Proverbs 25:21-22 (NKJV)All too often I hear this verse of scripture being used or interpreted as heaping fires of justice or judgment or condemnation or vengeance on the heads of our enemies. This is primarily because our generations are so far removed from the lives and the lifestyle of those generations these words were speaking to.
If your enemy is hungry, give him bread to eat;
And if he is thirsty, give him water to drink;
22 For so you will heap coals of fire on his head,
And the Lord will reward you.
Romans 12:20-21 (NKJV)
“If your enemy is hungry, feed him;
If he is thirsty, give him a drink;
For in so doing you will heap coals of fire on his head.”
21 Do not be overcome by evil, but overcome evil with good.
I have a wonderful book I've purchased about thirty years ago entitled, "Strange Scriptures that Perplex the Western Mind". In this wonderful little book, many of the commonly known sayings of Jesus' time are explained from an historical perspective in order to give meaning and clarity to sayings such as the subject of this message. I am including an excerpt from this book to help us understand what Holy Spirit through Paul was actually saying when he quoted Proverbs.
The Scriptures have much to say about forgiving our enemies. Paul says that if we give food and drink to our enemies, "we shall be heaping coals of fire on their heads." To us, this doesn't sound like forgiveness, but like taking vengeance. In the Bible lands almost everything is carried on the head—water jugs, baskets of fruit, vegetables, fish or any other article. Those carrying the burden rarely touch it with the hands, and they walk through crowded streets and lanes with perfect ease. In many homes the only fire they have is kept in a brazier which they use for simple cooking as well as for warmth.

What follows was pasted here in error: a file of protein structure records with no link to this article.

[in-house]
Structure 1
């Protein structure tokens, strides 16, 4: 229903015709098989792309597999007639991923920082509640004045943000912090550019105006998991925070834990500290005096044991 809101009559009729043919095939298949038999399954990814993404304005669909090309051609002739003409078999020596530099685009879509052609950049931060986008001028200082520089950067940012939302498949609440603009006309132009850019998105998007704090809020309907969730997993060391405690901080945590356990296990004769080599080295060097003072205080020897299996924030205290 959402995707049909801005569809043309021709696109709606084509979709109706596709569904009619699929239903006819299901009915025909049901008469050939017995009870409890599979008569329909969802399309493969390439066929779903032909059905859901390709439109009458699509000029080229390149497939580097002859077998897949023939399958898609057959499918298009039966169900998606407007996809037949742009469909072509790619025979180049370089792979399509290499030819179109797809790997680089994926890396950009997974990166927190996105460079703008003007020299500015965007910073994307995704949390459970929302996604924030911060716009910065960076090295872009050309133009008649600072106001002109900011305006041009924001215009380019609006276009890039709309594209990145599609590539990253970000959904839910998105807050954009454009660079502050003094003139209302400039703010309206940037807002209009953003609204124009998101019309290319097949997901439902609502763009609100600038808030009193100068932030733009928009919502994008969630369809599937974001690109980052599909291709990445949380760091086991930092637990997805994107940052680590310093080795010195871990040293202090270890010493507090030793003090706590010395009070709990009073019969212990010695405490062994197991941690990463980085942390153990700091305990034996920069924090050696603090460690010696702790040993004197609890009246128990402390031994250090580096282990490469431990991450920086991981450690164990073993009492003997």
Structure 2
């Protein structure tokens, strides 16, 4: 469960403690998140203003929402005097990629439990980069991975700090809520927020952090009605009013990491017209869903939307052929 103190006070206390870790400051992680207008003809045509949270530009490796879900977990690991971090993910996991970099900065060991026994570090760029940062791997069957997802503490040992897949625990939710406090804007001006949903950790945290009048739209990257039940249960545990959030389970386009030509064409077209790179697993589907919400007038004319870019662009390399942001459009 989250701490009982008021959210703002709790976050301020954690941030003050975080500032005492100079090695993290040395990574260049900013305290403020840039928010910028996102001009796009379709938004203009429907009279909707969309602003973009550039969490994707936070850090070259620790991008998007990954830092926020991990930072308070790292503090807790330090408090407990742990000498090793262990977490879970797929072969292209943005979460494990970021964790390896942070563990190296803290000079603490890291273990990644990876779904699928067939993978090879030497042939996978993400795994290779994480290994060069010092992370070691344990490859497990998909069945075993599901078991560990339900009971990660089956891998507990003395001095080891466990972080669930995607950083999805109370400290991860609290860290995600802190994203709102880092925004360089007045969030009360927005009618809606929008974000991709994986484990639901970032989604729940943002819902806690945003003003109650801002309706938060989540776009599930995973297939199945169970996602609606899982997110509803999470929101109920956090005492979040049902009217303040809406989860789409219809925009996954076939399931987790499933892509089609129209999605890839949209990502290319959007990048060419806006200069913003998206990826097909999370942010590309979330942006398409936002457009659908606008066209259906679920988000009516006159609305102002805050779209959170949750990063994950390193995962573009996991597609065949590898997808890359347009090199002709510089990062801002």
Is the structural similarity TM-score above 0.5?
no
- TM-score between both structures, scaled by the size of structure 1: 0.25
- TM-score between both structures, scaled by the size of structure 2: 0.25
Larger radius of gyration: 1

They plan to always keep it burning. If it should go out, some member of the family will take the brazier to a neighbor's house to borrow fire. Then she will lift that brazier to her head and start for home. If her neighbor is a generous woman, she will heap the brazier full of coals. To feed an enemy and give him drink was like heaping the empty brazier with live coals, — which meant food, warmth, and almost life itself to the person or home needing it and was a symbol of finest generosity.
“Thou shalt heap coals of fire on his head.”
So the act of heaping coals of fire to an enemy was to show a love that is usually reserved to those who are our neighbors or kindred. It is a way to show a kindness reserved for those you love and trust, even when not deserving of it.
Romans 5:8 (NKJV)This is the kind of forgiveness and love we are to show those who are our enemies. In this, we demonstrate to them and to the world that wonderful transformation He has effected in our hearts to cause us to look more like Him than who we were before.
But God demonstrates His own love toward us, in that while we were still sinners, Christ died for us.
Luke 6:32-36 (NKJV)God, in His great mercy, saw us floundering in the mire of our own sin and took pity on us. He sent His only begotten Son to deliver us from the ravages of sin and took our deserving punishment upon Himself so that we would not have to. Being perfect, death could not hold Him for death was only meant for those who are sinners. So when He rose from the grave, He took captivity captive and forever removed that blot of sin from our lives for those who believe in Him. With so great a salvation He has freely given to us, should we not do the same with those who would be our enemies. For we too were enemies of the cross but He still delivered us through faith in Jesus.
“ But if you love those who love you, what credit is that to you? For even sinners love those who love them. 33 And if you do good to those who do good to you, what credit is that to you? For even sinners do the same. 34 And if you lend to those from whom you hope to receive back, what credit is that to you? For even sinners lend to sinners to receive as much back. 35 But love your enemies, do good, and lend, hoping for nothing in return; and your reward will be great, and you will be sons of the Most High. For He is kind to the unthankful and evil. 36 Therefore be merciful, just as your Father also is merciful.
As a result of all this, let us do good and not evil to our enemies. Forgive them as we have been forgiven. Love them as we have been loved. Let us pour upon their heads the coals of fire that heat our own homes and cook our own food. Let us treat our enemies as our neighbors and our kinfolk. Let us be perfect as God is perfect.